Pertussis, also known as the whooping cough, is a very contagious (easily spread) bacterial infection that affects the lungs and airways.
Early symptoms are similar to a common cold: mild fever, runny nose, sneezing, red watery eyes and mild cough. After 10-14 days, the cough becomes worse, leading to severe, repeated and forceful coughing spells that often end with a whooping sound before the next breath. Coughing spells may result in vomiting and difficulty breathing.
Pertussis can result in serious complications, including death.
Those at highest risk of serious complications from pertussis are children under 1 year of age, and people with weakened immune systems.
Women who contract pertussis in the third trimester of pregnancy have an increased risk of passing it on to their newborn babies. All pregnant women should receive a dose of pertussis-containing vaccine each pregnancy, regardless of last dose, preferably between 27-32 weeks gestation.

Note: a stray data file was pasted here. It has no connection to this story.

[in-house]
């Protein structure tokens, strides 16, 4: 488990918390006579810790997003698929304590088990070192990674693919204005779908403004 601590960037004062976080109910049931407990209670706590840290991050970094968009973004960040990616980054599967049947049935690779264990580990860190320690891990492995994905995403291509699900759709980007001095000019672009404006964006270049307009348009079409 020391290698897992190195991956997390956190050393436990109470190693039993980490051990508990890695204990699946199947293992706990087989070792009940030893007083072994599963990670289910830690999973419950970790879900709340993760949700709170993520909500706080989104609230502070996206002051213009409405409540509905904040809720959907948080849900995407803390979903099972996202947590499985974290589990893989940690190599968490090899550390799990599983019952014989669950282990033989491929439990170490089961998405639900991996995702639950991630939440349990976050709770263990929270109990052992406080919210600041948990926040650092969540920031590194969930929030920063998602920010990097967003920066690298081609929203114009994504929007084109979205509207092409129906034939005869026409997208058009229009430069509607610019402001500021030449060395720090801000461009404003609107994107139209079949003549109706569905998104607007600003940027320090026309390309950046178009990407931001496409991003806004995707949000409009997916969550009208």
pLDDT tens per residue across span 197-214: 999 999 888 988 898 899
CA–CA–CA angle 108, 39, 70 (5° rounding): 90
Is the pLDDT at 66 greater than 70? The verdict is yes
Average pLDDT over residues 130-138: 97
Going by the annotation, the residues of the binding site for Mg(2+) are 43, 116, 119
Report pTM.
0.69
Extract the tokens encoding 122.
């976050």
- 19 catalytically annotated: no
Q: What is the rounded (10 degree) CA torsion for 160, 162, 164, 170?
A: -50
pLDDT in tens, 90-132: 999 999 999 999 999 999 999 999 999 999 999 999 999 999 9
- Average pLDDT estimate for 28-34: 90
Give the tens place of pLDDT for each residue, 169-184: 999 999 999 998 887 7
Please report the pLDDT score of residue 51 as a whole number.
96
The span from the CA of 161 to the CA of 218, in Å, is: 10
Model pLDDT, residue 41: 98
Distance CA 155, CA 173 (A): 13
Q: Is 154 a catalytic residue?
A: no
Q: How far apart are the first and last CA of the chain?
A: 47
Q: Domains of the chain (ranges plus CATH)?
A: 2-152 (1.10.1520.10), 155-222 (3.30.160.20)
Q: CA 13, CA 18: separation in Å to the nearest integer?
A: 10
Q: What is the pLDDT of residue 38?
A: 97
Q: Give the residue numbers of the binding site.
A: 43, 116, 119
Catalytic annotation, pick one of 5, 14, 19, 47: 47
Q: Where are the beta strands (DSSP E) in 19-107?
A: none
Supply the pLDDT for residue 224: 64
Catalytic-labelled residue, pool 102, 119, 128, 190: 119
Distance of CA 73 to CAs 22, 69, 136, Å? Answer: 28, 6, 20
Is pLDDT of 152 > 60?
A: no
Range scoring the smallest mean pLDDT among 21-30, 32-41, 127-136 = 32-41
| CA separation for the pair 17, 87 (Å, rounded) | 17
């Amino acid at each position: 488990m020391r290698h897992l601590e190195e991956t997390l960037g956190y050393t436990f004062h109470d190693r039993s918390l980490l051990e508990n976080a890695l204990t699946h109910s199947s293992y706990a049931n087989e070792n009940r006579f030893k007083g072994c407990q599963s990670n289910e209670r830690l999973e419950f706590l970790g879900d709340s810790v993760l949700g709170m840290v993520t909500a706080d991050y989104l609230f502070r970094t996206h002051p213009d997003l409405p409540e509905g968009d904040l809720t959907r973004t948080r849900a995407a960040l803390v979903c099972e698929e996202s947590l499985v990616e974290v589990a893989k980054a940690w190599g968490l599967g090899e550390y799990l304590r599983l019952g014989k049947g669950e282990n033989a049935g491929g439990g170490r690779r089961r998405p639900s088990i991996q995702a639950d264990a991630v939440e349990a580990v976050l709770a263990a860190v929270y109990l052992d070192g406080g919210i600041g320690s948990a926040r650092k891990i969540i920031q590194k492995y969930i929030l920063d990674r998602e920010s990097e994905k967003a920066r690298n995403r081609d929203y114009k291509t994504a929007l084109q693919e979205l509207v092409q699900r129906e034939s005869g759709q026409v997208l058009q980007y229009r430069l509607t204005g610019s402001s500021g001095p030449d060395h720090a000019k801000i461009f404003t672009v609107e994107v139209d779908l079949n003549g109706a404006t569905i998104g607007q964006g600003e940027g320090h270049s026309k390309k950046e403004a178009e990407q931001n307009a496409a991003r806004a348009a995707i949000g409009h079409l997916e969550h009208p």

Immunization is the best way to protect against getting pertussis. Pertussis containing vaccines are safe and effective.
If you believe you have been exposed to pertussis, or have symptoms of pertussis call your health care provider as soon as possible.
Anyone in Yellowknife who has been in contact with someone who has been confirmed to have pertussis should contact public health at 767-9120 if they have symptoms or are unsure about their vaccination status.
- Immunization/Vaccination (GNWT)
- Pertussis (Whooping Cough) FAQs (GNWT)
- Pertussis (Government of Canada)